For a while now, I’ve subscribed to Word Press’ Daily Post, perusing their articles with a general interest. I often nod along here and there, but never pay much mind beyond that. The other day, though, Krista posted a challenge that reminded me of assignments I used to give my students when we concentrated on incorporating detail into their writing, and the thing was that I couldn’t get the prompts out of my head. I wanted to complete them. Perhaps it’s a result of not being in the classroom for (gasp, sigh, and cry just a little) almost four years this spring, or maybe it’s the desire to stretch creative muscles that have been buried far too deeply for far too long these past
six few months. I love my recipes and holiday preparations, but they aren’t all that go on this ridiculously under-yet-overtaxed mind of mine.
The original post can be found here on the Daily Post at WordPress.com:
“‘Writing Challenge: the Devil is in the Details’ by Krista on January 21, 2013
3. Describe your writing space. Do you write on the couch? At the kitchen table? At a desk? In a restaurant? Describe your surroundings. What does it smell like? What is the light like in your space? What can you hear, feel, and see? You have three paragraphs to pull us into your space. Go. “
The couch, squishy, comfortable, brown, covered in sticky apple juice spots indicating the presence of a three-year-old—the same three-year-old who is currently flapping her multi-colored-blanketed arms in the dining room much to the chagrin of the cat—is where ideas become letters that transform into words and sometimes…occasionally…even coherent sentences. It is too cold here in the winter in front of the bright windows hastily covered in inexpensive Walmart curtains that were a “temporary” fix three years ago.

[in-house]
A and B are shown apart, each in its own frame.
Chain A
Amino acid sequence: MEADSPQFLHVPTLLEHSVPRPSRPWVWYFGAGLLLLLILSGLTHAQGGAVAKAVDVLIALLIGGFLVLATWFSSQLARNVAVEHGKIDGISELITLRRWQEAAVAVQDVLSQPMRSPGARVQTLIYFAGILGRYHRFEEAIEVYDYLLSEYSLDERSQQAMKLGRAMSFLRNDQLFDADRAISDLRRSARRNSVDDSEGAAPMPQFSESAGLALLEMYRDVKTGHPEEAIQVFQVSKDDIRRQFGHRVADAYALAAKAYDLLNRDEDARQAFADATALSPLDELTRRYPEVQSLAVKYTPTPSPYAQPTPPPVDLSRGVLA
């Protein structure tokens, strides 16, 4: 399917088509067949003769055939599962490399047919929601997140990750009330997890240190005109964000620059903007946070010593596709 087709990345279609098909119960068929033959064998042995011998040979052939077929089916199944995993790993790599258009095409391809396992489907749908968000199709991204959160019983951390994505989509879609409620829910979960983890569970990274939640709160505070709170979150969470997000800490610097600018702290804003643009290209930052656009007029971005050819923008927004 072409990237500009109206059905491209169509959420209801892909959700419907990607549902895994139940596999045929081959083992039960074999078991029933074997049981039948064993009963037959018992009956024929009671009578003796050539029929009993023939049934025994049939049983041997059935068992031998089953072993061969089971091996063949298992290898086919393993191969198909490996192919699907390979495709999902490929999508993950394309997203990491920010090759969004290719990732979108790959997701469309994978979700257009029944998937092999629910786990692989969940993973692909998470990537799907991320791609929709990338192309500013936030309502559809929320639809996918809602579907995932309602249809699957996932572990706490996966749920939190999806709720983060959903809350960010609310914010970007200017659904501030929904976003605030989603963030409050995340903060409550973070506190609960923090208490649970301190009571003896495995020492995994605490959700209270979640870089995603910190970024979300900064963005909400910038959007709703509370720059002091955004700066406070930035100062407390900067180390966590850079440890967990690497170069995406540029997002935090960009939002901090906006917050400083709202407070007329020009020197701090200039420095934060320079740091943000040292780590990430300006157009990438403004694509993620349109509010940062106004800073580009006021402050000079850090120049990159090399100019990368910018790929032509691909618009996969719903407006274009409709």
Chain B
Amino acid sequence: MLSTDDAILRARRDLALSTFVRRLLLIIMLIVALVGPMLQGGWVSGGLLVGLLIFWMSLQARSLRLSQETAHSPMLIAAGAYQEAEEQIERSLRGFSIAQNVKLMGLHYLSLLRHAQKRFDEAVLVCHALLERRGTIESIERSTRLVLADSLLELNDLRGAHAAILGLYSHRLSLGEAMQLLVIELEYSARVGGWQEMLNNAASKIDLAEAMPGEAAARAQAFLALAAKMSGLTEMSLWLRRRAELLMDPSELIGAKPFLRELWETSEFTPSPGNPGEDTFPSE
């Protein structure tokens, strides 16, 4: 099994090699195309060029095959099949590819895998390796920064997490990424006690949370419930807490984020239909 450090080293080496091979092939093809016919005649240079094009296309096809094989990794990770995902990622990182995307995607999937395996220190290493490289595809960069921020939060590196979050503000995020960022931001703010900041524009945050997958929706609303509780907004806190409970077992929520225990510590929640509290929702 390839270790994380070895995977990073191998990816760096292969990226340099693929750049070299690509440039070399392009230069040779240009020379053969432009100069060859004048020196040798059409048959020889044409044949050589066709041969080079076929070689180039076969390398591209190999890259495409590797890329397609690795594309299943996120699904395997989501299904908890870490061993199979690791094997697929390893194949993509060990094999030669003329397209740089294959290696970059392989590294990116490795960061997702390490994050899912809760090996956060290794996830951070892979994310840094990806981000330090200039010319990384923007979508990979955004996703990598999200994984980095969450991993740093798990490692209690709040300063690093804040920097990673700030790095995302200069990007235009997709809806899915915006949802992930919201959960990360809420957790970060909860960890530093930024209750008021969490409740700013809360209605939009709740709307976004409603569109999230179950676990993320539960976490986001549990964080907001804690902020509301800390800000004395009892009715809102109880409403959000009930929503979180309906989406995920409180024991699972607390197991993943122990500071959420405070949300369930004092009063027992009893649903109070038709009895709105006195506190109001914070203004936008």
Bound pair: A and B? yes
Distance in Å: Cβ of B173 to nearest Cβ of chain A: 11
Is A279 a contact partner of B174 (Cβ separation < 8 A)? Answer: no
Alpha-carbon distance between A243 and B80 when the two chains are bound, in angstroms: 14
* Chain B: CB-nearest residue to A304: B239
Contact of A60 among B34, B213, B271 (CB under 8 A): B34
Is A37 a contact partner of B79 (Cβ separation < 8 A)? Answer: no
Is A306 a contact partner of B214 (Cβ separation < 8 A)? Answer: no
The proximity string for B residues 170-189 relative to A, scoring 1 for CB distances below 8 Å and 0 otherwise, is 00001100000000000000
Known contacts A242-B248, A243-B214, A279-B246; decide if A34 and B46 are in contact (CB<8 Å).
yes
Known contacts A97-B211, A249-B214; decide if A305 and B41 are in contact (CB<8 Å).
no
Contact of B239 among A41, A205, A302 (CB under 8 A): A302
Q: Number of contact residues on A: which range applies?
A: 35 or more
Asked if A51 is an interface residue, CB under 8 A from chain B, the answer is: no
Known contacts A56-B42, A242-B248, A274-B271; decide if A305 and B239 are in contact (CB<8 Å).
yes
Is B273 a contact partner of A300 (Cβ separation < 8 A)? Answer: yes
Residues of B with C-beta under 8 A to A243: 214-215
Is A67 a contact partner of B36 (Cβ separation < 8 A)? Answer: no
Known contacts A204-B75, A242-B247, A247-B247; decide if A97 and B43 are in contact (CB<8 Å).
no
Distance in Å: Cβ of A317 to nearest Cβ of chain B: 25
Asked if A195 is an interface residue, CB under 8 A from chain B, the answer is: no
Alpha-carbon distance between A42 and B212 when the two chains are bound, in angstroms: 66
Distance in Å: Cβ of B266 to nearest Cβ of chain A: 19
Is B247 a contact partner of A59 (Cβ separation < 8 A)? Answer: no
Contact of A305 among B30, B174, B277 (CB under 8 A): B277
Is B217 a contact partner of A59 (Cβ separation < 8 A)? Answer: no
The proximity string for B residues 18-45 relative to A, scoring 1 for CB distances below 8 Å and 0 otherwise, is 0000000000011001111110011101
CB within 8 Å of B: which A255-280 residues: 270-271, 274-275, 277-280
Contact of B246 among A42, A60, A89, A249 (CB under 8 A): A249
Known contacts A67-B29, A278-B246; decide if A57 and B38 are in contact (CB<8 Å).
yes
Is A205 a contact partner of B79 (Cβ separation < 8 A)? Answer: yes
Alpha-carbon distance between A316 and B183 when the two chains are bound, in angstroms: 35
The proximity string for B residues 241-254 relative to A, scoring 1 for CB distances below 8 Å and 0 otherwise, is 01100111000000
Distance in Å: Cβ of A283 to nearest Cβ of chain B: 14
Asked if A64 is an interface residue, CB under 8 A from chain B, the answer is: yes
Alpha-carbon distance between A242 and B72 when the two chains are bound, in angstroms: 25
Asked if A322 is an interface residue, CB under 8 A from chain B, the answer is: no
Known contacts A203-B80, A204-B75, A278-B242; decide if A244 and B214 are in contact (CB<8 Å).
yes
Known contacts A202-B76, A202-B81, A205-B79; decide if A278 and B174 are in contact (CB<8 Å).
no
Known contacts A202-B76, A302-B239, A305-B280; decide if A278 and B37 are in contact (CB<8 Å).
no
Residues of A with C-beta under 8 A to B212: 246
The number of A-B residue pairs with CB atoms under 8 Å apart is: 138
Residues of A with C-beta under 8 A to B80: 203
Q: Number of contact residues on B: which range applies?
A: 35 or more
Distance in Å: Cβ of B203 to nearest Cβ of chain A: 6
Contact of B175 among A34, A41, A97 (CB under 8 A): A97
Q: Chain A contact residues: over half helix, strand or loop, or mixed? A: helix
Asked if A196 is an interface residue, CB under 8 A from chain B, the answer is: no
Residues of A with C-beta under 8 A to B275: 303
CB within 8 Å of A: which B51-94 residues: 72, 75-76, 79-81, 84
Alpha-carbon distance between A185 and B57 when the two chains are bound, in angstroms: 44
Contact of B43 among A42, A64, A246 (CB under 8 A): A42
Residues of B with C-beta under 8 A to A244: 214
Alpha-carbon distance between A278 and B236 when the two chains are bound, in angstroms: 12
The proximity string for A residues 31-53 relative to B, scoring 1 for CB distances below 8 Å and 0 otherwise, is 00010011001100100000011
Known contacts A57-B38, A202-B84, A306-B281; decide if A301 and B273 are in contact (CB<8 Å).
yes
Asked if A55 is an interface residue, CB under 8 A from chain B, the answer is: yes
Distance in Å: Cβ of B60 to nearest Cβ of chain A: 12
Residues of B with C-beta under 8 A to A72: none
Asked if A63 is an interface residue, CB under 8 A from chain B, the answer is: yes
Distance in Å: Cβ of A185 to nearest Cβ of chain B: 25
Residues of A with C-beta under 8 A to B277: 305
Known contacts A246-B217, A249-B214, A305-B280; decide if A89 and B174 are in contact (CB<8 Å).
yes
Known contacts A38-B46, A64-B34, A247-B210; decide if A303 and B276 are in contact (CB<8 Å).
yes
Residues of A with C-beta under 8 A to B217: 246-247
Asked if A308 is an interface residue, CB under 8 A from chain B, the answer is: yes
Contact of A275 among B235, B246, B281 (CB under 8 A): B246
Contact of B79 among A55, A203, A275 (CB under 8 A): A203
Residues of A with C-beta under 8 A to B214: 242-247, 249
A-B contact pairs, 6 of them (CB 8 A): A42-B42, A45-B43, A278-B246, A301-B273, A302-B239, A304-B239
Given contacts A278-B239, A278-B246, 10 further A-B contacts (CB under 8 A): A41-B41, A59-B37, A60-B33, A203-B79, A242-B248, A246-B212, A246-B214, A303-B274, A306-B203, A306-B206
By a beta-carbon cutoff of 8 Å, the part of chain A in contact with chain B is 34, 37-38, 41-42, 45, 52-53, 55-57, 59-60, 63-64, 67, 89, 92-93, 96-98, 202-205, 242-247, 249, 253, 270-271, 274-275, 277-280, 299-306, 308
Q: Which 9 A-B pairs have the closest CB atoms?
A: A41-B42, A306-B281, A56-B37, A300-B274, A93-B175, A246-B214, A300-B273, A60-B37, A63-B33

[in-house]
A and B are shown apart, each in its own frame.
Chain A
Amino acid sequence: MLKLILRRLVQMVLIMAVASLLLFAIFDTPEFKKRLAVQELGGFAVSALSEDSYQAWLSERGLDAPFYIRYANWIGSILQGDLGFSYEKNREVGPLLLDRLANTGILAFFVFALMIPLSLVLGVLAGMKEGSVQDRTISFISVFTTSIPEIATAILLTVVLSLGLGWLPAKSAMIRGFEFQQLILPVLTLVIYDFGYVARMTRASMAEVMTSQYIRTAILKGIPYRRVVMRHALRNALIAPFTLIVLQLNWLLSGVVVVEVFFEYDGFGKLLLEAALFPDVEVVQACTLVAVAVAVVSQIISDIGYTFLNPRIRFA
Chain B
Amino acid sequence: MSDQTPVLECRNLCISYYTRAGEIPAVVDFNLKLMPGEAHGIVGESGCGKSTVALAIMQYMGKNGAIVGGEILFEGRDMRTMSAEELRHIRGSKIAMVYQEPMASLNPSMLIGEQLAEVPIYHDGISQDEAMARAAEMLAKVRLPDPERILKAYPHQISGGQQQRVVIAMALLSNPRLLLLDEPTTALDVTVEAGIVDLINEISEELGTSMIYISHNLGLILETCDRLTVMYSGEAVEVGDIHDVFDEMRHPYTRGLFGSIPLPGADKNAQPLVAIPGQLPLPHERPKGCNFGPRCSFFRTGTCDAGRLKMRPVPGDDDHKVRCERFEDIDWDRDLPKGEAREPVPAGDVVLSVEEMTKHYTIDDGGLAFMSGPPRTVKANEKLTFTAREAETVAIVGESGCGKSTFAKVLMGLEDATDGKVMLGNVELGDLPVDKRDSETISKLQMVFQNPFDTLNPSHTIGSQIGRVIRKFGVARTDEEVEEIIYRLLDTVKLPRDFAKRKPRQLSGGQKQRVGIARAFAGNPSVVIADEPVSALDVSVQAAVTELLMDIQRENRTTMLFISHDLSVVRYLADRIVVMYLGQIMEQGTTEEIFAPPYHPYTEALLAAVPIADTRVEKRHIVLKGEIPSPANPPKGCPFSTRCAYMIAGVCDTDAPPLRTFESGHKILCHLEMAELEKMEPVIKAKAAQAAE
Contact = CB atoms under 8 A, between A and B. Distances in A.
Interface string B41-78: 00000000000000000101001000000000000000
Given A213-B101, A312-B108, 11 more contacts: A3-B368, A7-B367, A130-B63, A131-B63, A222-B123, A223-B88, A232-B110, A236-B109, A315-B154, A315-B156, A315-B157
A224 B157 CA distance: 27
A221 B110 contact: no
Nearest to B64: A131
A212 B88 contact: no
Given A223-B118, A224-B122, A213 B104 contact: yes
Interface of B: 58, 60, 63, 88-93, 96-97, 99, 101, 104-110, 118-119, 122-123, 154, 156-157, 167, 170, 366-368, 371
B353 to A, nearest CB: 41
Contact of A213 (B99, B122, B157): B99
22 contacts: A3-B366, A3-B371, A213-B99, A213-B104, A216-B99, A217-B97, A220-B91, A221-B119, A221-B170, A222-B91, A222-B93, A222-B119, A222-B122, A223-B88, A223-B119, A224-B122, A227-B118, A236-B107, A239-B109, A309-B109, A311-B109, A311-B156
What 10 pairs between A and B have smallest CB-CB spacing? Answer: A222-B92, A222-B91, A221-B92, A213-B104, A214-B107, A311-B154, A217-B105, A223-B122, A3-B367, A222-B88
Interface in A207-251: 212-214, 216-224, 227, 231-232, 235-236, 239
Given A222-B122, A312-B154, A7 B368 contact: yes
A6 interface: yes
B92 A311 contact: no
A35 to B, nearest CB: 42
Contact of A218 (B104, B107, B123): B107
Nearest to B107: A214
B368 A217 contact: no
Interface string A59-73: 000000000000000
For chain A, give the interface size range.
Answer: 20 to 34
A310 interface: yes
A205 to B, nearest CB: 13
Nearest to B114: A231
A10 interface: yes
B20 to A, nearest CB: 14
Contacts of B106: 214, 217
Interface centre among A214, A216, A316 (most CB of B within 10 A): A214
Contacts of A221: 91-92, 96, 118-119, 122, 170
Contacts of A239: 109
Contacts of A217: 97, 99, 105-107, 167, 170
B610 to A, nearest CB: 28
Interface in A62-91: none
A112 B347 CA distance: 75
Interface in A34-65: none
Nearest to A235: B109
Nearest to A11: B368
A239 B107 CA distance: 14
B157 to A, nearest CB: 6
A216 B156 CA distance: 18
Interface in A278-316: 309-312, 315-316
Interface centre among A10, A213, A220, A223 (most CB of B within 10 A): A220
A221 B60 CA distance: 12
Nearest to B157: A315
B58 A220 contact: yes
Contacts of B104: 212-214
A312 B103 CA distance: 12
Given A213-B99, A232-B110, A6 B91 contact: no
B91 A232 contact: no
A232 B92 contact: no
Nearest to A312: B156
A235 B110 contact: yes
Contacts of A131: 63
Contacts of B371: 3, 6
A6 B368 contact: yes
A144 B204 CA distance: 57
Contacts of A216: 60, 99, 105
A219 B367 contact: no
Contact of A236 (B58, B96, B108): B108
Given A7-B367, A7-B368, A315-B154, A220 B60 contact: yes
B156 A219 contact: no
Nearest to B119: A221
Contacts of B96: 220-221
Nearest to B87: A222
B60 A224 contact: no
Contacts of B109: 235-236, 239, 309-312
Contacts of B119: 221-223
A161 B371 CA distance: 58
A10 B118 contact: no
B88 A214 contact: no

The end table beside me is covered in debris without an inch of space to spare. Random stacks of cookbooks from which I may or may not get around to actually cooking any recipes are topped only by my Nook and two plastic sandwich containers that did not hold sandwiches, but morning snacks of Cinnamon Toast Crunch for me and the three-year-old. A box of tissues, the last vestige of a bronchial battle with which I’d rather never fought in the first place, rests beside the cordless phone—the cordless phone lying on its side next to instead of on its charging station.
This is where I write today and have been writing for at least the last week and a half. When I find myself on the (hopefully) winning side of this year’s wintery woe, perhaps my space will be neater, cleaner, more orderly. No tissues. No cinnamon toast crumbs in sandwich containers. The curtains, though, they’ll most likely still be here.